David Raffe: Better Highers results a product of ‘improvement in teaching‘
I’M NOT worried about this trend. I don’t think it shows declining standards, as SQA does try to monitor and maintain these over time and is fairly successful at achieving a balance.
Examination and teaching standards are certainly much more of an issue in England. While Scotland has just the one exam board, in England there are many and they compete with each other all the time. This makes it far harder to monitor standards as effectively as we do north of the Border.
Society as a whole needs to think about higher education and the purposes of it, as the current system cannot continue forever. There are not enough jobs for the number of qualified applicants. We need to think about what higher education is actually for. In terms of the continually rising pass rate in the Scottish Highers, I would argue that this is more to do with an improvement over the years in the quality of teaching and learning rather than in any changes to the difficulty level of examinations. Also, parents of young people today are likely to have had a better quality of education themselves and are therefore better placed to encourage it in their children.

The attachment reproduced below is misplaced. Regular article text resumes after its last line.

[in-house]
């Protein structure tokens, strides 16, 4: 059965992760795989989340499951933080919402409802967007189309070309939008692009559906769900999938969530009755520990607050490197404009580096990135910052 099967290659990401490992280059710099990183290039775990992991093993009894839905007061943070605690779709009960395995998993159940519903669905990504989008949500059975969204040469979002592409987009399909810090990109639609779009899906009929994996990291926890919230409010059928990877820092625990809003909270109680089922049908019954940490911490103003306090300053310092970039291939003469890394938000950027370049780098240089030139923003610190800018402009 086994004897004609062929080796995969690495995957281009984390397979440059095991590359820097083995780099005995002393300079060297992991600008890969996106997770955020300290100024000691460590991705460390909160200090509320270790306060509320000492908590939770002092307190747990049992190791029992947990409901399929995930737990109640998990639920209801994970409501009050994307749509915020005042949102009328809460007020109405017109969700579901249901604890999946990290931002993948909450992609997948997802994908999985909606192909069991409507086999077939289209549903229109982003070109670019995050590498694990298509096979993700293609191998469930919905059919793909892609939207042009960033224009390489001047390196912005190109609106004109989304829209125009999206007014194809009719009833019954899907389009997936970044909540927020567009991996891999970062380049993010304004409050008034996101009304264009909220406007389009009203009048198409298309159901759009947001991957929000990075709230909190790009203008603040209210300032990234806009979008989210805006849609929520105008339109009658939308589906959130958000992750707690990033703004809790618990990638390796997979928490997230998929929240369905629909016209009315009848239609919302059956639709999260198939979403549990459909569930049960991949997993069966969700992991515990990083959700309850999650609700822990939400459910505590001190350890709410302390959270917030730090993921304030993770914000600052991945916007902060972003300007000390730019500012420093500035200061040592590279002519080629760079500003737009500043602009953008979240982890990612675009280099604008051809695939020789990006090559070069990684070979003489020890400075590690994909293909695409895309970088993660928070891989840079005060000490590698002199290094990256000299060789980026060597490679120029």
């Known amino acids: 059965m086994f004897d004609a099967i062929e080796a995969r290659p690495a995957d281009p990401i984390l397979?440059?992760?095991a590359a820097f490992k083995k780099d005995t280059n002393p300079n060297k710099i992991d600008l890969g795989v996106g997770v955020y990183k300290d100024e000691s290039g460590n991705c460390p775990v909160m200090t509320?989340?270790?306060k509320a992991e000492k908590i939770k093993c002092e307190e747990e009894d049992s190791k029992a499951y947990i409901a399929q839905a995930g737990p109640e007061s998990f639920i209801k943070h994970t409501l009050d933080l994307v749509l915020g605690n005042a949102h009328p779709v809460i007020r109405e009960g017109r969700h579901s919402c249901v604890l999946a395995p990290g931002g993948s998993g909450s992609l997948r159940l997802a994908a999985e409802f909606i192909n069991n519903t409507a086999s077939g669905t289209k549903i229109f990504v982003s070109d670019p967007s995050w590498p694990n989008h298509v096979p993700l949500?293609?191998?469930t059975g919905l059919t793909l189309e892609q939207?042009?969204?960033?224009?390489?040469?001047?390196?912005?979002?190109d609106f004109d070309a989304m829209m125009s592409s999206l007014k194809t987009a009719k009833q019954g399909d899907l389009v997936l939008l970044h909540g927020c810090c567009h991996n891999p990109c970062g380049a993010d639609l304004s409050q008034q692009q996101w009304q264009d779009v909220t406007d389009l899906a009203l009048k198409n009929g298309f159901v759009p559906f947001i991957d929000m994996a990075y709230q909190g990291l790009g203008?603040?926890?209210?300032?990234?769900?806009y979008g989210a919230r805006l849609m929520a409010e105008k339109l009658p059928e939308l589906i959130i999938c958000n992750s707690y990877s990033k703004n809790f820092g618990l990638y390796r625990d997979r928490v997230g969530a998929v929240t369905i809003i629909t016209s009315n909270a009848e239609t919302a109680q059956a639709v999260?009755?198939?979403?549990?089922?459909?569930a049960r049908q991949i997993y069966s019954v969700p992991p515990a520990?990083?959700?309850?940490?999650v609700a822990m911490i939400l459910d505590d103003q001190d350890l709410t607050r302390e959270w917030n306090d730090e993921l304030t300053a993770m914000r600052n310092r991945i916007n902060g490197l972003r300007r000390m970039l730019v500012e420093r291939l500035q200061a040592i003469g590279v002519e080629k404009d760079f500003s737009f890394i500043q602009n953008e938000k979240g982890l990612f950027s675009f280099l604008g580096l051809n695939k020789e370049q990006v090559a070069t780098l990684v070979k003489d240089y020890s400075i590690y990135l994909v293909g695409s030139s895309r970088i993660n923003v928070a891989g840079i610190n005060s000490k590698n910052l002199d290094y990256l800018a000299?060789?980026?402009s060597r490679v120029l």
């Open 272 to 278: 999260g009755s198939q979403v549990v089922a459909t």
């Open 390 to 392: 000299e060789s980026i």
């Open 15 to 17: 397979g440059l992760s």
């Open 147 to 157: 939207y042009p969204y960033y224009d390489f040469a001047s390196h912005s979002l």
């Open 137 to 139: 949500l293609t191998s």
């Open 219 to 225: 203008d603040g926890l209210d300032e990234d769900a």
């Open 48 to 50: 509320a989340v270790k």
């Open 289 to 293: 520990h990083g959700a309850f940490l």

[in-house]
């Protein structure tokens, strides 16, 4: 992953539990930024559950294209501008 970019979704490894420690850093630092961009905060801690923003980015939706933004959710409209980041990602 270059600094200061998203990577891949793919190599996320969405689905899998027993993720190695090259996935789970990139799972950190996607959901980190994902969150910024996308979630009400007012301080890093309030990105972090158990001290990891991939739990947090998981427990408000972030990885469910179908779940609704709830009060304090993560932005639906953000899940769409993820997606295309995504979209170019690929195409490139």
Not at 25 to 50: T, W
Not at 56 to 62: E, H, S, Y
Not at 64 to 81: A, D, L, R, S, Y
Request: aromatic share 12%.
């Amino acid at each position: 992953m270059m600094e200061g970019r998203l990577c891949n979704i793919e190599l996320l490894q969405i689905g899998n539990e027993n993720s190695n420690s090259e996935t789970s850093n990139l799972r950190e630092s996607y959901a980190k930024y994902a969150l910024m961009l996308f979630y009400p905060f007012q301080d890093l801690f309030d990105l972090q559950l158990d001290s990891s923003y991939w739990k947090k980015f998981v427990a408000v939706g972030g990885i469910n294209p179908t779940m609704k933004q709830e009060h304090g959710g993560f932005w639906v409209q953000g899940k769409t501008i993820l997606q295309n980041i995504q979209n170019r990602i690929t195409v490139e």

But I believe we need to get away from the five Highers system. It would be good to see more of a variety in Highers, and even other qualifications, taken between the ages of 15 to 18. This would benefit students more in the long term, even if it would require a great change in the admissions process.
• David Raffe is a professor at Edinburgh University’s Centre for Educational Sociology
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